AVID’s mission is to close the opportunity gap by preparing ALL students for college and career readiness and success in a global society.
Proven Achievement. Lifelong Advantage.
75% of AVID students are from a low socioeconomic status background, and 80% are underrepresented students. Nevertheless, they outperform their peers in crucial metrics nationwide. 94% of AVID students complete four-year college entrance requirements, 90% who apply are accepted into four-year colleges, and 85% persist into the second year of college. (www.avid.org)
AVID, Advancement Via Individual Determination, is a global nonprofit organization whose mission is to close the opportunity gap by preparing all students for college readiness and success in a global society. AVID is a college and career readiness system that helps motivated students achieve higher levels of rigor in advanced classes to better prepare them for college and career opportunities.
AVID was established more than 40 years ago with one teacher in one classroom. Today, AVID trains 85,000 educators each year, and it impacts more than 2 million students in over 7,500 schools. For additional information, visit the AVID site at www.avid.org or check out this AVID Facts page by clicking here.
AVID methodologies (writing to learn, emphasis on inquiry, collaborative activities, organizational skills, and critical reading) are utilized in AVID, and we are moving to schoolwide strategies. AVID is an academic elective class that gives students who already possess the potential and a strong desire to succeed the resources, tools, and opportunities to successfully complete middle school and beyond.
Students eligible to enroll in the AVID Elective and higher level courses include students who exhibit the following:
Determination to do well
Average to above average grades
Passing scores on standardized tests
Capability to succeed in academically rigorous courses with the support of AVID
AVID is NOT a remediation program, nor is it a study hall.
What do students do in AVID? In AVID, students learn strategies for becoming better readers, writers, problem solvers, and collaborators. They also learn how to improve study and organizational skills. Although AVID is a graded class, what students learn in AVID supports their learning in all other classes. Students also get to explore college and career opportunities through classroom activities, guest speakers, and one or two college field trips.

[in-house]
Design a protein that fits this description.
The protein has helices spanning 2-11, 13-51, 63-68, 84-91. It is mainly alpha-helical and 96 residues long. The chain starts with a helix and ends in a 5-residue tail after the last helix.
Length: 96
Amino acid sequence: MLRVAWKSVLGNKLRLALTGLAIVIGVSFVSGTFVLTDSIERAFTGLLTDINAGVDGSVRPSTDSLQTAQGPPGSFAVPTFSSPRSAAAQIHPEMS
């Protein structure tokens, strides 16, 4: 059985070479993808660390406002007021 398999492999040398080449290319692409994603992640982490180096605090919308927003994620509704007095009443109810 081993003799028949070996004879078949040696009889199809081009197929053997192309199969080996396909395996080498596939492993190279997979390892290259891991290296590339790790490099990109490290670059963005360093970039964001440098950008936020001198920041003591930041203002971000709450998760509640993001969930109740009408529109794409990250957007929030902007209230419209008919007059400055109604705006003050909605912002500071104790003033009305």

teaches skills and behaviors for academic success
provides a positive diverse peer group for students
gives students amazing opportunities including: college campus visits, professional internships, guest speakers and community mentors
What is Required of an AVID Student? Each AVID student carries a binder in which he or she is required to keep materials from all academic classes. Students keep track of assignments on assignment sheets and are required to take DAILY notes in all academic classes. The notebooks are graded weekly for content and organization by college tutors. Led by tutors, students participate in tutorial groups in the AVID classroom. In addition, students are taught study skills, test preparation, time management, and the writing process. Teachers fill out periodic progress reports, in addition to routine school ones, for monitoring by the AVID teacher.
What is an AVID Teacher, and What Do They Do? The AVID teacher is crucial to the process. The AVID class is where students learn organization, study skills, test preparation, time management, the writing process, take college field trips, explore careers, look at post secondary education choices, etc. Communication with the AVID teacher and parents is essential. The AVID teacher will contact you to share your student’s progress and to check in about any of your concerns. Throughout the year, the AVID teacher will house several Family Workshops to address topics of concern relating to student success in middle school and preparation for high school and college.
Who are AVID Tutors, and What Do They Do? AVID tutors are college students who receive training in methodologies used in AVID: writing process, Socratic questioning, collaborative learning, and reading. They are in the classroom weekly to serve as models and to help students achieve success in rigorous classes. They are trained not to give students answers but rather to guide them toward answers. They may even ask permission to “shadow” students in their classes to help them learn how to take notes more effectively.